Now that it's getting close to Halloween, we're running a contest to hear your scariest stories! These can be scary stories that you've experienced or stories that you've heard and the story with the most reactions will win!
Just take it easy! You’ve worked hard up until this point, relax a bit so you can go in fresh and rejuvenated. I resumed playing more video games (2 hrs/day) during my last week, when for the three months leading up to the last week, I played maybe 1 hr/week. I scored a 26 AA, 24 TS, and 30 PAT. Rest and recreation are important, and it’s why I felt calm, confident, and alert going into my test. Don’t overdo it!
I would focus on any areas of weakness, at this point you should feel very confident and just tying up loose ends. I would avoid doing anything that makes you feel anxious, by that I mean adding any new materials to your study plan. If for any reason you are not feeling fully prepared, you have the option to reschedule, I am just throwing that out there. No one wants to take this exam more than once.
Do both. I know people say don't burnout but that's because they are probably weaklings.
Work a few full length practice exams early in the week, then review your difficult concepts hard for the couple of days before the exam.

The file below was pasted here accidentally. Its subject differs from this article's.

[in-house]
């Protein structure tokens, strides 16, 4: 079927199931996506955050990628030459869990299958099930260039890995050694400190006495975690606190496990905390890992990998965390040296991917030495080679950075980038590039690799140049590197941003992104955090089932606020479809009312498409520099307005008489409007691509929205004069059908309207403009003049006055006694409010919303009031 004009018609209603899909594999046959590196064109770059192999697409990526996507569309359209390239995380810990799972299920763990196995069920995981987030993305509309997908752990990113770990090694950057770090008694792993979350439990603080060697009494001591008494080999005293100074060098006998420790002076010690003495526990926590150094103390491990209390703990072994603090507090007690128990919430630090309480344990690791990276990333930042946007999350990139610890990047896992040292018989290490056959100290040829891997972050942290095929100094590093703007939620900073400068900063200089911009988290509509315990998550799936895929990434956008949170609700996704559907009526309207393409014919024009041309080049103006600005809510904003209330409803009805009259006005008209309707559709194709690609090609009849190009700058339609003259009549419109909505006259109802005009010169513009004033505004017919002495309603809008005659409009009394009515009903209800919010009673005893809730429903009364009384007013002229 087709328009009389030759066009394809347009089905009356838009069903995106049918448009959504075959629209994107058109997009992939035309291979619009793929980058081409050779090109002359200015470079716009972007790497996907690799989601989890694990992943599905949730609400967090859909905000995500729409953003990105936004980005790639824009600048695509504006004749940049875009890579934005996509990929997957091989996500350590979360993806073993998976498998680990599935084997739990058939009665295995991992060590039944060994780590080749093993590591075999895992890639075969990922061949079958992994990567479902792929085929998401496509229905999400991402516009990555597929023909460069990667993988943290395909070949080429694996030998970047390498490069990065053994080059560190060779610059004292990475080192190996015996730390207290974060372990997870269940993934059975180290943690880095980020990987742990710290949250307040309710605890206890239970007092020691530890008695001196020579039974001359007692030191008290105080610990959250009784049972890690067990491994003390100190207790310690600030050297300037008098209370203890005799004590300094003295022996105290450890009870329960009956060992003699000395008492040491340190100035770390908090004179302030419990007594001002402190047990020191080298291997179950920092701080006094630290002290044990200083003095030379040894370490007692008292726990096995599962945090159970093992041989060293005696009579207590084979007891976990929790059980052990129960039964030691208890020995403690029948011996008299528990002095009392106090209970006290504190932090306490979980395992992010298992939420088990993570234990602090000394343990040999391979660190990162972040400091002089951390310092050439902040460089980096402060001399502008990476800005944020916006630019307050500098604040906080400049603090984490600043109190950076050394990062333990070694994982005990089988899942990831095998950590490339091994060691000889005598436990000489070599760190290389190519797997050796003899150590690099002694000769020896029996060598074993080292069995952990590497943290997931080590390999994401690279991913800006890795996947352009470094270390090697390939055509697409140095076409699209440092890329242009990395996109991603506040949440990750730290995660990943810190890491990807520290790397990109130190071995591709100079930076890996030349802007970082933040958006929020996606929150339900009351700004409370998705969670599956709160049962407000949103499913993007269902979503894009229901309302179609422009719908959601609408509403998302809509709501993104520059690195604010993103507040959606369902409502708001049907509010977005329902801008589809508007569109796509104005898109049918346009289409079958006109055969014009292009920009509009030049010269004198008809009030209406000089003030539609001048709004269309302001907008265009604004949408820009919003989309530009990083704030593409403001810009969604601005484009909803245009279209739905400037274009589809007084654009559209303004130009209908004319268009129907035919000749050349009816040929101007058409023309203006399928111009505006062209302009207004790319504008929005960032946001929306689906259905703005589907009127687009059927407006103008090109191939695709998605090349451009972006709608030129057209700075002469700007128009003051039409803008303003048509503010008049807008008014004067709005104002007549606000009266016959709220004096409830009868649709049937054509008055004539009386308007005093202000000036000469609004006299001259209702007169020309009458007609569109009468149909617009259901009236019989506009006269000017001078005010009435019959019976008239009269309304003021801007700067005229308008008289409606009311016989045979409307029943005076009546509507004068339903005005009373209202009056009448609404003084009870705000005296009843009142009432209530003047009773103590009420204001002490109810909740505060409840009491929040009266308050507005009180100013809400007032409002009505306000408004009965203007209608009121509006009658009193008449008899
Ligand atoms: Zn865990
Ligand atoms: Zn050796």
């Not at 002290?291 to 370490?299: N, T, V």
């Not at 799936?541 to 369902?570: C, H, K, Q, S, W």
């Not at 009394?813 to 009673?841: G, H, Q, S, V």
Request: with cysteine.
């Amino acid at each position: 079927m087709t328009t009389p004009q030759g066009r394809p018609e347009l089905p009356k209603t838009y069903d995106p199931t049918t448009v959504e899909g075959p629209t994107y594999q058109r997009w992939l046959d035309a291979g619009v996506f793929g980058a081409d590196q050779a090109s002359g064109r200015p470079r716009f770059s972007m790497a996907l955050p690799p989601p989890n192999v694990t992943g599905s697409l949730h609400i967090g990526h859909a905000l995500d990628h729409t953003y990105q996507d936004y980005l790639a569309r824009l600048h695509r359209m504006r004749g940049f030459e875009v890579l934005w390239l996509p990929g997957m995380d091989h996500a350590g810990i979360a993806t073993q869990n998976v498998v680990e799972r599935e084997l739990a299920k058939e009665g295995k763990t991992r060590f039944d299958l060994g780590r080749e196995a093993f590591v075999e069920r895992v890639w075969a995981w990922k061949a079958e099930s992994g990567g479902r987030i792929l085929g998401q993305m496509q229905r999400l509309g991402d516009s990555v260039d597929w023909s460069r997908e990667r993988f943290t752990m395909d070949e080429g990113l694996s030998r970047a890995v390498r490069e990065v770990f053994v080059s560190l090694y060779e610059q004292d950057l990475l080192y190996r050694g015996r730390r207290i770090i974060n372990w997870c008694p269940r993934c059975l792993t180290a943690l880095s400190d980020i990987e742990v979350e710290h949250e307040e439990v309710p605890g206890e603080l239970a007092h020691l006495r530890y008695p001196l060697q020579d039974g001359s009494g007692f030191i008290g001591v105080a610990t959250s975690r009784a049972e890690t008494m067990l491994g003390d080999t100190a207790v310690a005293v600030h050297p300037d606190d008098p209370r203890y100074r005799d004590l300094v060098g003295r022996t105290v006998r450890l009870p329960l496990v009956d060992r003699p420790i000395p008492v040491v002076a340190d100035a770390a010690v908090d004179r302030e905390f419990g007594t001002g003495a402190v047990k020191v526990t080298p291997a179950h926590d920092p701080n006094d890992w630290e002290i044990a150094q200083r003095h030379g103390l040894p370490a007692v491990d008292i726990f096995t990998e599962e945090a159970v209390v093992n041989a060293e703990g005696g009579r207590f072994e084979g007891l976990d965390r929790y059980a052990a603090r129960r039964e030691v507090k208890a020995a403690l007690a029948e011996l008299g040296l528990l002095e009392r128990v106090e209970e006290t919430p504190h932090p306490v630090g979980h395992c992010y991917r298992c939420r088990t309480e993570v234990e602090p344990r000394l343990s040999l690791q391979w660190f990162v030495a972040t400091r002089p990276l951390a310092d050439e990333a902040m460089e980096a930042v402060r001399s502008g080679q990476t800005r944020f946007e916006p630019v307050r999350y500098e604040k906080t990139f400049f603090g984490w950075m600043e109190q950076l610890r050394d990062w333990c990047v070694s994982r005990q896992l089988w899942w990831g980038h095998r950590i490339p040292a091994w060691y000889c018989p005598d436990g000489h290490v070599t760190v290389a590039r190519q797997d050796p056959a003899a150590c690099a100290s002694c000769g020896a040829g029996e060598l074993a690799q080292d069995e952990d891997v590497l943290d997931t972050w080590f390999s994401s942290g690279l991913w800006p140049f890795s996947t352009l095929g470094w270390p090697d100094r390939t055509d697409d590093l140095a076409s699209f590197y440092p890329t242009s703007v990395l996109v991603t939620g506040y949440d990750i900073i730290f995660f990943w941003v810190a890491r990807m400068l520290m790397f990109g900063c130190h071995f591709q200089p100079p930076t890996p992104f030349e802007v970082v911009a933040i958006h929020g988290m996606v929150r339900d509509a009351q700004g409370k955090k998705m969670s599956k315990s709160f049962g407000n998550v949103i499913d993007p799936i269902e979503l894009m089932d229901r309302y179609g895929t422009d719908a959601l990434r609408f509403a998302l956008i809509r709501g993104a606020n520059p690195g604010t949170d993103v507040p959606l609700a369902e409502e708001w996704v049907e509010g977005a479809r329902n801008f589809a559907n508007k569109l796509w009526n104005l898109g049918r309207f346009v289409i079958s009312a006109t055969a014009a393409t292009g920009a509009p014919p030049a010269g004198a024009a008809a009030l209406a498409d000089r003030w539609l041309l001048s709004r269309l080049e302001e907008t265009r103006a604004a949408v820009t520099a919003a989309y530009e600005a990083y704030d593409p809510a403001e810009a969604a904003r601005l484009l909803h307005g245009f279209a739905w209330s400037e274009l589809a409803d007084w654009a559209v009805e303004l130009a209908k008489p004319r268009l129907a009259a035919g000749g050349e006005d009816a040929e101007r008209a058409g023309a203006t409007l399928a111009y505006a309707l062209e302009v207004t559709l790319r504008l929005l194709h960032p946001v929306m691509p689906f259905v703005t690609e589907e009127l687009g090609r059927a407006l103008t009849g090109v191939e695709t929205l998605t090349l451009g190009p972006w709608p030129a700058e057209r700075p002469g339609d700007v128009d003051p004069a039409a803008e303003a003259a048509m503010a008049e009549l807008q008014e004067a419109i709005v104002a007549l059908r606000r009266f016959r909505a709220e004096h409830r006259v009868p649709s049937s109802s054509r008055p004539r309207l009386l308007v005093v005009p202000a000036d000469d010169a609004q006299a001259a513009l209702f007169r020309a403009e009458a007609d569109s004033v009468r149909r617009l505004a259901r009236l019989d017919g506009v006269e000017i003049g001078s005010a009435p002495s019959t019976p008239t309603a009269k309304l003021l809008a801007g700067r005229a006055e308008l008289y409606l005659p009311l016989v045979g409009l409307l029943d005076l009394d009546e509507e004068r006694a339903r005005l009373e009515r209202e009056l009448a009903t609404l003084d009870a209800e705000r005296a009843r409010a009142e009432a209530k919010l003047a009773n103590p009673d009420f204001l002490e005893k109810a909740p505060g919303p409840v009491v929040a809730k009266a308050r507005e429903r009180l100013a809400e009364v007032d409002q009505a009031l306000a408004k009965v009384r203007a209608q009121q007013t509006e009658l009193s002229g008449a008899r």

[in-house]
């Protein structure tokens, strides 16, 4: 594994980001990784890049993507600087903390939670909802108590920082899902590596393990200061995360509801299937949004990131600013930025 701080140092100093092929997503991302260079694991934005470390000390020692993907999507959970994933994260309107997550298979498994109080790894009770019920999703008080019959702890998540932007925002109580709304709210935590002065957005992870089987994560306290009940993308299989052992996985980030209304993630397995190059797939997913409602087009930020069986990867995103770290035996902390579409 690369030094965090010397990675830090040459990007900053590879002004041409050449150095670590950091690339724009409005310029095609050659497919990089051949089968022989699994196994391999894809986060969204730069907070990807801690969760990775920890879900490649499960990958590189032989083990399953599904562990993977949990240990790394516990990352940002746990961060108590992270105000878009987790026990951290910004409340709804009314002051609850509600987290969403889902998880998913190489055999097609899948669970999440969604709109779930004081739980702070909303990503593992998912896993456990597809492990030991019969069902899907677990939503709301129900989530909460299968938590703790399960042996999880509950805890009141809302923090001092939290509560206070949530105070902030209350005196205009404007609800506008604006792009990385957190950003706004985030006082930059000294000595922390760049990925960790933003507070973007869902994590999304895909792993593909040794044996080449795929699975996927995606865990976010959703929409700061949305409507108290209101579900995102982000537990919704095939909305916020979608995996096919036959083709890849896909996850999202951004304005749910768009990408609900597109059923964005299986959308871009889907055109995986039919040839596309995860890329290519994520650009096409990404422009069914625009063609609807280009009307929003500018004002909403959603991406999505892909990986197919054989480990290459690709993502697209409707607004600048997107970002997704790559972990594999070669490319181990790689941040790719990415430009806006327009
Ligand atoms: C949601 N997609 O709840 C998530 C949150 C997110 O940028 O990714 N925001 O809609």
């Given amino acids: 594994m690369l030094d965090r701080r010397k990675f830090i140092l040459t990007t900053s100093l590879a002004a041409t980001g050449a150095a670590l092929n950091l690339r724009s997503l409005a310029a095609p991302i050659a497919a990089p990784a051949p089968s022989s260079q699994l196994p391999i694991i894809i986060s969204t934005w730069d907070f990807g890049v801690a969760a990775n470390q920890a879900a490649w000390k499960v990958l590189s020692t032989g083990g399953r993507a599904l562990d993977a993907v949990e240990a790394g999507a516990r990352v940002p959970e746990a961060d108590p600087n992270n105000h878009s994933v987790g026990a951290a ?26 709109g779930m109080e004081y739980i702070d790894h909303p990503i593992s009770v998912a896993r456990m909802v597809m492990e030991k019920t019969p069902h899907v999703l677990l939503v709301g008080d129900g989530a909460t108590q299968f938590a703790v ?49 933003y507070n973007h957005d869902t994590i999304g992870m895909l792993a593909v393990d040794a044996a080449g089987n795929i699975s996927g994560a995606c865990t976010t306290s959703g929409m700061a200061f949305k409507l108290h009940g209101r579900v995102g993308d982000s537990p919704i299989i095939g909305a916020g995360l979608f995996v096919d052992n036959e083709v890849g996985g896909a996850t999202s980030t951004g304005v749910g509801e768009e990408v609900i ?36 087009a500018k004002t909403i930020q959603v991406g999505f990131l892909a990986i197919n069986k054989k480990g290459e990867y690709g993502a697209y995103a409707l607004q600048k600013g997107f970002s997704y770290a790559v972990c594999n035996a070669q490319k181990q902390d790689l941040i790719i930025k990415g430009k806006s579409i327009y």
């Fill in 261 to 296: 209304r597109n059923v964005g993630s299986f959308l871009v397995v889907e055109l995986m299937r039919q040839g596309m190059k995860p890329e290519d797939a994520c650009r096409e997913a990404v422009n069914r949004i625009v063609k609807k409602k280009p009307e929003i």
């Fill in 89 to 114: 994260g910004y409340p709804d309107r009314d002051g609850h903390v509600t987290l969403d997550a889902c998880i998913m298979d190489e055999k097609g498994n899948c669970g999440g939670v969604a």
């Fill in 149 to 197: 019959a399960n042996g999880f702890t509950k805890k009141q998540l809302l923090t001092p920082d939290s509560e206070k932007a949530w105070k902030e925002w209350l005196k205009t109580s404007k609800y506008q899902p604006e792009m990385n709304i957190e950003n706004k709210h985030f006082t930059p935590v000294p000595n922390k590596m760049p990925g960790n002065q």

I worked two a day for 3 days straight. One in the AM followed by review. 2 hour lunch break. One in the PM followed by review. Then for the 3 days before the exam, I just reviewed the concepts I frequently missed on those exams. The morning of, I got up a couple hours early and reviewed a couple of nitty gritty memorization things. Most people would barf and cry in their room at the idea of studying the day before a big exam - their heads might explode when they see I reviewed the morning of too.
But repetition like that works well for some people - works great for me. I used that same intensity throughout undergrad and grad school and it worked great for me. I'm using that intensity in dental school now, and guess what ---- still working great.
You do you because only you know yourself, grasshoppa.
I'd review only questions you had a tough time on (assuming you noted them down in early attempts) and your notes. I whittled my already sparse notes down to only the trickiest concepts as I progressed in my studying. It's a poor use of time to review stuff you are really solid on.